- The Washington Times - Monday, May 7, 2007

Republican presidential hopeful Rudolph W. Giuliani last night said he would use attrition to cut more than 20 percent of federal civilian government employees and wants an outright cut in nondefense spending.

“The United States government right now needs an across-the-board spending decrease,” the former New York mayor told the Heritage Foundation last night.

Coupled with vows to continue the Bush tax cuts and to veto spending bills that include pork-barrel projects without listing their sponsor or purpose, Mr. Giuliani has now gone even further than former Massachusetts Gov. Mitt Romney, who has proposed limiting nondefense discretionary spending increases to 1 percent less than inflation.

Mr. Giuliani said that except for defense spending, which must be increased because the nation is at war, “don’t exclude anything” in his across-the-board cuts.

In a speech at the Ronald Reagan Building, in which he mentioned the late president five times, Mr. Giuliani ignored social issues almost entirely, except to tout his support for school vouchers. But the 45 minutes of remarks received dozens of ovations, and Mr. Giuliani returned the love, praising Heritage as one of the most important engines of conservatism.

The former mayor said part of the problem with spending in Washington is people use the wrong words to try to confuse the decisions.

He said politicians should stop using words such as “nondiscretionary spending,” which is usually used to describe spending on entitlement programs such as Social Security and Medicare, which are set by funding formulas and have proved difficult for Congress to trim.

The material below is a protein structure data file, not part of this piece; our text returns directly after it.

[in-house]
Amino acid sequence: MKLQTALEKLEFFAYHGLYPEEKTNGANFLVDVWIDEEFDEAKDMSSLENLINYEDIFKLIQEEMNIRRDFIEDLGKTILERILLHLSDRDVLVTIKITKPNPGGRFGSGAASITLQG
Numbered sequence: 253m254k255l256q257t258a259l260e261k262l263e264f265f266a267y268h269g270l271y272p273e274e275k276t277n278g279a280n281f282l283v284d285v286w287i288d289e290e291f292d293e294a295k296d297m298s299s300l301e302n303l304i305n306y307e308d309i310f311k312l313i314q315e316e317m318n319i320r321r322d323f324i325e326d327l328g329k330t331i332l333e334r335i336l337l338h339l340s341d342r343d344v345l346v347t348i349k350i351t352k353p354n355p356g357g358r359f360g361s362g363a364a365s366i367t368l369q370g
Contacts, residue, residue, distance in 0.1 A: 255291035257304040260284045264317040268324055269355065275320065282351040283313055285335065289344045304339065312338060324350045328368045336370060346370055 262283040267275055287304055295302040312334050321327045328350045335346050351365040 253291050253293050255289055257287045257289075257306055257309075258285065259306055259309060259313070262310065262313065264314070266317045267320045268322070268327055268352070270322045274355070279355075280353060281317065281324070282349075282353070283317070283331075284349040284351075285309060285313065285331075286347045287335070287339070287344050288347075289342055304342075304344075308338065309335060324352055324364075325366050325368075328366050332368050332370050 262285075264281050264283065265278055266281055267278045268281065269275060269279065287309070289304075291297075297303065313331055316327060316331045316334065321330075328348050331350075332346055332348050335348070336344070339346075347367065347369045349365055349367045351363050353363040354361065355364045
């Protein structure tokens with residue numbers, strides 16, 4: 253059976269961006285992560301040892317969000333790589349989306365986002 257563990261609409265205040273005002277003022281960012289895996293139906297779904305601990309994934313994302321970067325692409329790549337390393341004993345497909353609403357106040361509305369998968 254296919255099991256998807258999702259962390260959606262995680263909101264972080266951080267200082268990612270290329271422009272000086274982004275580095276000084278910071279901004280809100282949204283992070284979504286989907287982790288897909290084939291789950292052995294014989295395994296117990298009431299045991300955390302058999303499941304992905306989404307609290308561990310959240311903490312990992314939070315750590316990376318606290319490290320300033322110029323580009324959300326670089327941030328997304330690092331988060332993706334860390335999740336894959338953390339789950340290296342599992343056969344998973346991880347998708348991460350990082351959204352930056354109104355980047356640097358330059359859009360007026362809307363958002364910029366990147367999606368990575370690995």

“If I can convince you that 60 percent of the budget is nondiscretionary, then I don’t have to do anything about it. The reality is that the entire budget is discretionary.”

His pledge to trim the federal work force relies on attrition. He said 42 percent of the federal civilian work force is due to retire during the next two presidential terms, which would run from 2009 through 2017. Mr. Giuliani proposed only filling half of those jobs and said it would cut costs by $70 billion a year.

“The challenge will be, of course, to convince the Democrats that there’s such a thing as a nonessential government employee,” he said.

He coupled his economic message with his push for staying “on offense” in the war against terrorists and said that “Democrats want to step back” on many of the key tools, including the USA Patriot Act, electronic surveillance and tough interrogation techniques.

“You step back on all of that, and you’re back where we were in the 1990s — in denial, in denial about the threat,” he said.

As for military spending, he lamented the fact that it has fallen to 4.1 percent of the nation’s gross domestic product, compared with 6.2 percent under President Reagan.

In a speech this weekend to The Citadel, a military college in South Carolina, Mr. Giuliani proposed increasing the size of the Army. Yesterday, he said there would be no shortage of volunteers to fill out the force.

“The war is controversial on CNN. The war is controversial on MSNBC,” he said. “The war is not controversial at The Citadel. The war is not controversial at West Point, or the Naval Academy, or the Air Force Academy or the Coast Guard Academy. In fact, their applications are up.”

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